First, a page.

Local resident fishing in Cedar Haven

Welcome to the Cedar Haven Civic Association

on the Patuxent River, Inc.

    "Only when the last tree has died and the last river been poisoned and the last fish been caught;

will we realize we cannot eat money”

based on Cree saying


       Welcome to "Catfish Heaven"! Established in 1927, Cedar Haven was designed as a summer refuge for African Americans. Cedar Haven is located on a three hundred acre parcel, about an hour outside of Washington, DC, and along the Patuxent River. Moving forward, the founders of Cedar Haven had always hoped their small coastal community would rival the adjacent summer colony of Eagle Harbor, which was established a year earlier, in 1927, and then became an official town in 1929. Both, the Town of Eagle Harbor and the Cedar Haven Community, were built on lands that were once a part of the famous historical river port, called, Truemen Point Landing, along the Patuxent River.

        From the seventeenth century until today African slaves first formed many coastal communities along the Patuxent River. And African Americans have been integral to the founding and development of Prince George's County. Before the Civil War, Trueman's Point Landing played an important role in Maryland’s commerce and transportation, making Aquasco the largest area for enslaved persons per total population before the Civil War. After the War of 1812 in 1817, Trueman Point was sold to the Weems' Steamboat Company, and served as a major steamboat port into the twentieth century. Members of the Cedar Haven Community would often gathered at the edges of the water to watch ships go up and down the Patuxent River.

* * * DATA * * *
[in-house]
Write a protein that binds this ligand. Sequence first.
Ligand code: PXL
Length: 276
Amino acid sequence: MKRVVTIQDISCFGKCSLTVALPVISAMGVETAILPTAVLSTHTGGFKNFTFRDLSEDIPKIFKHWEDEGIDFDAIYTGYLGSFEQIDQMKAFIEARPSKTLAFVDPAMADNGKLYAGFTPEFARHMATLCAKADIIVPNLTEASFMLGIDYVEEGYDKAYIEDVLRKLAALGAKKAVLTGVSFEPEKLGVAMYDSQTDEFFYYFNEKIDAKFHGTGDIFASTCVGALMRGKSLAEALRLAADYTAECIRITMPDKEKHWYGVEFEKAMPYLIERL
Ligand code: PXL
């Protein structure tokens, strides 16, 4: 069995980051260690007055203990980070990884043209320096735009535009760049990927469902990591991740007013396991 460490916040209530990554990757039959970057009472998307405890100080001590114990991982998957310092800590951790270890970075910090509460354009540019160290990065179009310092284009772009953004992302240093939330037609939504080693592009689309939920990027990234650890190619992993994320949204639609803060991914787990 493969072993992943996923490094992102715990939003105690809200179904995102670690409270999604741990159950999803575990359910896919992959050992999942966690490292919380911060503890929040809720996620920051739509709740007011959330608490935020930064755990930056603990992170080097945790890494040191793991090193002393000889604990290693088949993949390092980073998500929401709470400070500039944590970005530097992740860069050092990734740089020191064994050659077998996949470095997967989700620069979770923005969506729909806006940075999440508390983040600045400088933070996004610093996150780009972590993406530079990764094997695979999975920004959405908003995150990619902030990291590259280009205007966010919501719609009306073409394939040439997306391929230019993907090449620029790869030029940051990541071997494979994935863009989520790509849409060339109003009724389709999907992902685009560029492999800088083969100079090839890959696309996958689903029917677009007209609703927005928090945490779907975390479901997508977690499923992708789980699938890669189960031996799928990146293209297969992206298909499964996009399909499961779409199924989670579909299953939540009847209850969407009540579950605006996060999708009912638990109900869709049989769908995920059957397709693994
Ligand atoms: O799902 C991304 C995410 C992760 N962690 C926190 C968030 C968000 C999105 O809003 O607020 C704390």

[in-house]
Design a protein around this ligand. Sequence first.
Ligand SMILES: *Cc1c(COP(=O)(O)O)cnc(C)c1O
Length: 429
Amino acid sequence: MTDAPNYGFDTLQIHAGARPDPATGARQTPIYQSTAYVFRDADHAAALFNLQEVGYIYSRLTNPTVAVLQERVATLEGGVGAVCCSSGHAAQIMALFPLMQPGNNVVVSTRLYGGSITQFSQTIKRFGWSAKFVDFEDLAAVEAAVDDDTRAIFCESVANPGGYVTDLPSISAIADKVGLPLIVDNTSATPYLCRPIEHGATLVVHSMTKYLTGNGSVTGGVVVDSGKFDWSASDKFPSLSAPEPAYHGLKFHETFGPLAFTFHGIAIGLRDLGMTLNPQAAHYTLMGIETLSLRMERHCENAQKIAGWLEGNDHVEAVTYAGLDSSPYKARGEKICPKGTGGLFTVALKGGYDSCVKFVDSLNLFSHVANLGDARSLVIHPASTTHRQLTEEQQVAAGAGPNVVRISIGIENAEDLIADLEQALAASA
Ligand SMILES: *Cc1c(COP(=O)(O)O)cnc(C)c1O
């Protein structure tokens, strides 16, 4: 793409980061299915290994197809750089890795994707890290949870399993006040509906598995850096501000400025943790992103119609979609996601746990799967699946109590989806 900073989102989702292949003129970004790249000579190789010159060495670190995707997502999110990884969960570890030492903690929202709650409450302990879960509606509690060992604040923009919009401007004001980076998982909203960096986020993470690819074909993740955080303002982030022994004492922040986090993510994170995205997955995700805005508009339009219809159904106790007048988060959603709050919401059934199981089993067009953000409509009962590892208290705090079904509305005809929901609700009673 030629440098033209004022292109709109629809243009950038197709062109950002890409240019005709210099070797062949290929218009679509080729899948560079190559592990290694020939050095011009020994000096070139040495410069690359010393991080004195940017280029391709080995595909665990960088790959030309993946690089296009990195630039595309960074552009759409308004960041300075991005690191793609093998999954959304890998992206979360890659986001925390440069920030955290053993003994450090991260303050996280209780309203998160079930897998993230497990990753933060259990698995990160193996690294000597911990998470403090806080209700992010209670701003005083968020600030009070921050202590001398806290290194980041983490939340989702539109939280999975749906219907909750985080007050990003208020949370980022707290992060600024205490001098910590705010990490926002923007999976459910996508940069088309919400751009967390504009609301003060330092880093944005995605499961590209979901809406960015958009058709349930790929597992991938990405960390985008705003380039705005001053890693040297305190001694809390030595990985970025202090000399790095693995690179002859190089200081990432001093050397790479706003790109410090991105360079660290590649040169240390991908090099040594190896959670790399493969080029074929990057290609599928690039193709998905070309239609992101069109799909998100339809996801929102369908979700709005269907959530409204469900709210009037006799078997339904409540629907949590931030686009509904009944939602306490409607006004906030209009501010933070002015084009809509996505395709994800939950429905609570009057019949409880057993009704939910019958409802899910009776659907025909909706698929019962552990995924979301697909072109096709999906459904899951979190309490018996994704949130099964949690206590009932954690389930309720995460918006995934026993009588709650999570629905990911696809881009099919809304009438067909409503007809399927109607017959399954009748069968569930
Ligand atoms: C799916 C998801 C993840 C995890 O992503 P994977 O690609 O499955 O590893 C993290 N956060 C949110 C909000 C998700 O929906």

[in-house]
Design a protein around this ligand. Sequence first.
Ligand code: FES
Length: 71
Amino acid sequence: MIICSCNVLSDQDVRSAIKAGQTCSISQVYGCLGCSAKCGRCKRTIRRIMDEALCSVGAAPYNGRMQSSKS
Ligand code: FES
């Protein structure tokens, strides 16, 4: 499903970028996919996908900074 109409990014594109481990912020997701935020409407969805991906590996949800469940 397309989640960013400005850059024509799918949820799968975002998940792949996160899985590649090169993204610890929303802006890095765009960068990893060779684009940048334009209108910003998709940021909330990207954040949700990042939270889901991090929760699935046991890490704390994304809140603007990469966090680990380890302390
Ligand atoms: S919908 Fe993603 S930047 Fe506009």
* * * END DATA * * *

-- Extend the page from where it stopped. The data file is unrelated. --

Today, the Cedar Haven Community has become a 'fishing heaven' for the Village of Aquasco, near the southeast corner of Prince George's County, Maryland, named for the nearby tract (known by the Native Americans name "Aquascale." At the Cedar Haven Civic Association on the Patuxent River, Inc. (CHCA), our mission is to safeguard the water quality of the Patuxent River. Our vision is to build a sustainable community that is economically stronger in preparing for climate change impacts.

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